With Deadline Approaching, What Happens If Goverment Defaults?
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DALLAS (CBS 11 NEWS) - As a default deadline approaches, people across America are watching. Many government facilities are closed, like the George W. Bush Presidential Library in University Park. A deal in Congress would be welcome news there.
As of 5 p.m., it appeared there was an agreement in place to avoid a government default, with a vote on a deal expected in the Senate and the House before tonight’s deadline. The proposed deal involves funding the government through the middle of January, raising the debt limit into February and leaves President Obama’s health care law almost entirely intact.
But if it falls apart and the country goes into default, what happens to us then? Very little, according to financial strategist Clark Hodges.
“You’ve got the money, you’re just squabbling over who to pay and when to pay it.” He doesn’t feel the stock markets will react for long. “There’s always a wall of worry that the stock market has. This is just the wall of worry duJour.”
Hodges argues money will continue to come into the Treasury, despite a default. And even if the U.S. credit rating suffers, heavy investors would still likely park their funds in America. “At the end of the day they’re going to need to put that money somewhere and we’re probably still the best option for a lot of them.”
But SMU’s Mike Davis isn’t so sure.
“We’re about to jump into a big, black hole if we don’t do the debt resolution.”
Davis, professor of economics and finance at the Edwin L. Cox School of Business at SMU, worries a default is uncharted territory.
“Maybe nothing happens,” he observed. “But we’ really don’t know what’ll happen if the government goes through a kind of technical default on some of its debt.”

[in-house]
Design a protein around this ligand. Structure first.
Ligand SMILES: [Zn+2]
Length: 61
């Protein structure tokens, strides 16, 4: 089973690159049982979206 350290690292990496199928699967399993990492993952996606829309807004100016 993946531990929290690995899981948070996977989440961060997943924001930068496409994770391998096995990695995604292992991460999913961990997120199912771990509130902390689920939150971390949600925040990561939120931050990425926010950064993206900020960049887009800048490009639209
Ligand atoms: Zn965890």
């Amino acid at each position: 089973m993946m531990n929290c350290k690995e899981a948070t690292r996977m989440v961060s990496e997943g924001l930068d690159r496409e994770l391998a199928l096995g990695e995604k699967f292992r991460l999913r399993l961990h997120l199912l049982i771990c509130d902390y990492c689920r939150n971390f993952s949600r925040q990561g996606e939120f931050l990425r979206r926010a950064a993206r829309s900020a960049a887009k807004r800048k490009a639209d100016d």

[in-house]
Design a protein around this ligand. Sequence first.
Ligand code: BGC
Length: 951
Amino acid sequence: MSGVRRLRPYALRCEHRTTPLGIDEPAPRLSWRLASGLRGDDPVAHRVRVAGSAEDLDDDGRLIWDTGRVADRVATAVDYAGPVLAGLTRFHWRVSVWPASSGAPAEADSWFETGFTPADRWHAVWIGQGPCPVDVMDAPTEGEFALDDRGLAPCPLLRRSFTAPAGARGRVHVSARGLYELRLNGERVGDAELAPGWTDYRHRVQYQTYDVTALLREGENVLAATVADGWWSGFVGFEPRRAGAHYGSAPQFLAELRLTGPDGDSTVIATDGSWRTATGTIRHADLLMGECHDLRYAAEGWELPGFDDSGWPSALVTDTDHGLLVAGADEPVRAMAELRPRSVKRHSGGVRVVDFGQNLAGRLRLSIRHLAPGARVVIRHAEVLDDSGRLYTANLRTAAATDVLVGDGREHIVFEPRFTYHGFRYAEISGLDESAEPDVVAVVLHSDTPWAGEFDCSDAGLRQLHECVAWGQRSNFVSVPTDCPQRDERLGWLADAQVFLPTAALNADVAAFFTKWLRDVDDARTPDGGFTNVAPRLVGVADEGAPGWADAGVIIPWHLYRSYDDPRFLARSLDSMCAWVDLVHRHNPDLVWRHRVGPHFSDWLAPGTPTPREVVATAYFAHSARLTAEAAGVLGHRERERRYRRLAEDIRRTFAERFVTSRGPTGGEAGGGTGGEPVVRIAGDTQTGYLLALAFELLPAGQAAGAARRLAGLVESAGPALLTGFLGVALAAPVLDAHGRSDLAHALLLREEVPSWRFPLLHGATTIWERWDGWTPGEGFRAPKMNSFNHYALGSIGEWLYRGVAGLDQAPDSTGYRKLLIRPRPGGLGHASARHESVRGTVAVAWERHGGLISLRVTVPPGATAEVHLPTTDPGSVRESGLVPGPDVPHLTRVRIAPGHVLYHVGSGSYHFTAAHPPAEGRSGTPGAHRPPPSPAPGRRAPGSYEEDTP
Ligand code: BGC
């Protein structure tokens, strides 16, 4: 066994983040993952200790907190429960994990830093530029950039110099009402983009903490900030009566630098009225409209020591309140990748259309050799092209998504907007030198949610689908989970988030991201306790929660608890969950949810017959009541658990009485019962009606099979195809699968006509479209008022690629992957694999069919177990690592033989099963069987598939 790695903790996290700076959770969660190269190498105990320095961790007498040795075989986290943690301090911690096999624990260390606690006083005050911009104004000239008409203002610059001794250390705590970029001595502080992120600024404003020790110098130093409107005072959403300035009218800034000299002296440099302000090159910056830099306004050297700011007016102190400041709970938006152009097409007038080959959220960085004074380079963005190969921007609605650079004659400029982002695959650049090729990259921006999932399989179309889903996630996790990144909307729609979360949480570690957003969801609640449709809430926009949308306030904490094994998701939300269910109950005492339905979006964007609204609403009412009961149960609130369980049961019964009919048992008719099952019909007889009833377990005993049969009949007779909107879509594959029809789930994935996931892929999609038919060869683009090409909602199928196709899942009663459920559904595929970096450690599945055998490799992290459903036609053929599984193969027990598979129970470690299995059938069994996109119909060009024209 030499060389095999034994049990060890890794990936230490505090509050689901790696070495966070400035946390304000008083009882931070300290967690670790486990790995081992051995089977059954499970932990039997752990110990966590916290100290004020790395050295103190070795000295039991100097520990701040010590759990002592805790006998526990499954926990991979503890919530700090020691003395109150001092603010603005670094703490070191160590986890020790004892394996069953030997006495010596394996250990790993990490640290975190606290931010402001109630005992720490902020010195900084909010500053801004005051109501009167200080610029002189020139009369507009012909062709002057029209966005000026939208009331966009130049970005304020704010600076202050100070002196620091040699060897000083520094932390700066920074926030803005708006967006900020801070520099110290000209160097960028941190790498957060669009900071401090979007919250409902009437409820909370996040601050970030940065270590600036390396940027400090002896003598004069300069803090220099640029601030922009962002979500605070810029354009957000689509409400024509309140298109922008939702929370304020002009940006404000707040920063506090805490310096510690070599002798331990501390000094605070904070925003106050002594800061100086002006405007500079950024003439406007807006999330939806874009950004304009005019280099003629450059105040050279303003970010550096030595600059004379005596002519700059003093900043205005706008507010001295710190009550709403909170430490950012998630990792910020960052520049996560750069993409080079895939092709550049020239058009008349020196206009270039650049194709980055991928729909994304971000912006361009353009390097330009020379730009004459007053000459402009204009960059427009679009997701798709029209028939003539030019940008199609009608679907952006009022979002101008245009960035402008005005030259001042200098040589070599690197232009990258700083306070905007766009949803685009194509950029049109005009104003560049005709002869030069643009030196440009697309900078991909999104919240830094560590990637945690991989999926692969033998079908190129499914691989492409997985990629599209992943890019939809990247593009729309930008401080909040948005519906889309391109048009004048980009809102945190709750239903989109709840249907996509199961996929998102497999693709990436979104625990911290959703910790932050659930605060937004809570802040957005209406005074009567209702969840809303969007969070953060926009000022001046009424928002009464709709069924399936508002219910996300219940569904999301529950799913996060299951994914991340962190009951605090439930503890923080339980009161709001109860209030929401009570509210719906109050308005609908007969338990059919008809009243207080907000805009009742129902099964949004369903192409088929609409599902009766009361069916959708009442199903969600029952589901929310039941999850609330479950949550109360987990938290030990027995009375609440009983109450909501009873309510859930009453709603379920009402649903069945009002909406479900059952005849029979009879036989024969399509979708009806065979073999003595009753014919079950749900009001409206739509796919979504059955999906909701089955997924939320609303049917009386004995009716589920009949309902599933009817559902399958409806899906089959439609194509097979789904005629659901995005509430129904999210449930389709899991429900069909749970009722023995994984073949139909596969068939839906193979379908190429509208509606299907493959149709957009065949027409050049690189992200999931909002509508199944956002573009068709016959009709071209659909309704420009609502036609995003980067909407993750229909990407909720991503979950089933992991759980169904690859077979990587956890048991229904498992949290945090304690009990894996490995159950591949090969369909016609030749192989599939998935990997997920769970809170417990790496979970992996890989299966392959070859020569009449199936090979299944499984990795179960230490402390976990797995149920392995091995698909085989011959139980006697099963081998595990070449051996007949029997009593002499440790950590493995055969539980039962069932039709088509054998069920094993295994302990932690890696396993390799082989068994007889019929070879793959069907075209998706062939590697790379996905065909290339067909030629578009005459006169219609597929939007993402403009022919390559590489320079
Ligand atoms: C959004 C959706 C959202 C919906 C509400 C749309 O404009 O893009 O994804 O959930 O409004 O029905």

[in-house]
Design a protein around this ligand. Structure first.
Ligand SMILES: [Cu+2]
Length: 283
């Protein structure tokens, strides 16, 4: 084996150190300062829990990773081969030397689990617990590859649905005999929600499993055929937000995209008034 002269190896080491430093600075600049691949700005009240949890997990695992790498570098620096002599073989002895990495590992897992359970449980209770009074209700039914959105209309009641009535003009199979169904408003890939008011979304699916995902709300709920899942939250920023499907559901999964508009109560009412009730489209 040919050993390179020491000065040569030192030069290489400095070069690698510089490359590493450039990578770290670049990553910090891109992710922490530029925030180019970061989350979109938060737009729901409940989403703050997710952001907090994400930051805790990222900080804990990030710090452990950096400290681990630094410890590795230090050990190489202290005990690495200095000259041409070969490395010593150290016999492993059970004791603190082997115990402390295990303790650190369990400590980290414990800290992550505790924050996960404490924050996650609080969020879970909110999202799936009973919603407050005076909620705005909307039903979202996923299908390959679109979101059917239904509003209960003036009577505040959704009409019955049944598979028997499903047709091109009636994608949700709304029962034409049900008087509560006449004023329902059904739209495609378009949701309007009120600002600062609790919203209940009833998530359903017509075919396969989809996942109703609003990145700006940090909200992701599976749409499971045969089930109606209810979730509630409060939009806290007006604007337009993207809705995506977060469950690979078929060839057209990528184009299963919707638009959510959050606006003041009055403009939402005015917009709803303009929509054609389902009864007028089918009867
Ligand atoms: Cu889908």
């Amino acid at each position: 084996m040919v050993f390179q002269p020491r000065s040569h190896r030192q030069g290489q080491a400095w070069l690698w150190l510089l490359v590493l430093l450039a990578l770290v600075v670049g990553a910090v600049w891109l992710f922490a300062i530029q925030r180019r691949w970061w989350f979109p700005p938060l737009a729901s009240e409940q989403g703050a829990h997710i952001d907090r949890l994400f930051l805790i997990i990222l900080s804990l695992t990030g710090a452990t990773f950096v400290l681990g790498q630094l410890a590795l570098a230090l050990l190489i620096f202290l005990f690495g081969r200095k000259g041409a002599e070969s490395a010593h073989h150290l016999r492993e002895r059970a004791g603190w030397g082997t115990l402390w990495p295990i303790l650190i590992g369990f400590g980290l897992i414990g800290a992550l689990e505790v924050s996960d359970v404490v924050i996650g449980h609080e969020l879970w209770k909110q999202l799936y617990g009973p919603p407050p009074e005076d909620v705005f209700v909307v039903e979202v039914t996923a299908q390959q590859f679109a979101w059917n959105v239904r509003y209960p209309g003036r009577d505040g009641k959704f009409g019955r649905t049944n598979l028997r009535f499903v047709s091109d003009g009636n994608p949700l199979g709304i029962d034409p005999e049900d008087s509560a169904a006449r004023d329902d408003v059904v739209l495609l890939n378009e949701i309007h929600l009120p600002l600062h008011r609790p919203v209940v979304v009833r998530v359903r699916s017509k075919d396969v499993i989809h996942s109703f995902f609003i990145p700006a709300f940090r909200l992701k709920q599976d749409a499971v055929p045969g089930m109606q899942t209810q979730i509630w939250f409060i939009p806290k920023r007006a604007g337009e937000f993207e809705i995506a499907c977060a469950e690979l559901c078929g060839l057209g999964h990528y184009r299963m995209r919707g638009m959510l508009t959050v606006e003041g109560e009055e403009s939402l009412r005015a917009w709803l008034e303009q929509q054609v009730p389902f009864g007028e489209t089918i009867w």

Davis believes the average American isn’t worried—yet.
“People just sort of don’t worry about it. They figure it’ll get resolved in a few days. The government just rearranges the deck chairs just a little bit to make sure the debt gets redeemed and so forth.”
Our admittedly unscientific poll tended to bear that out. When asked what she would do if the government goes into default, Courtney Devlin told CBS 11 News, ” Trust our people in Congress and hopefully they’re going to do the right thing.”
Craig Berson told us, “Probably nothing. There’s no reason to get overanxious about something that’s probably not going to happen for a month or two anyway.”
Cullum Clark, a financial analyst himself, offered these insights.
“I think I–like most Americans—have assumed all along that no matter how incompetent and dysfunctional they seem to be that in the end they manage to pull it together enough to not actually default.” He chided Congress. “They will carry on with the same theatrics in a few weeks—in a few months—and on and on and again and again over the years.”
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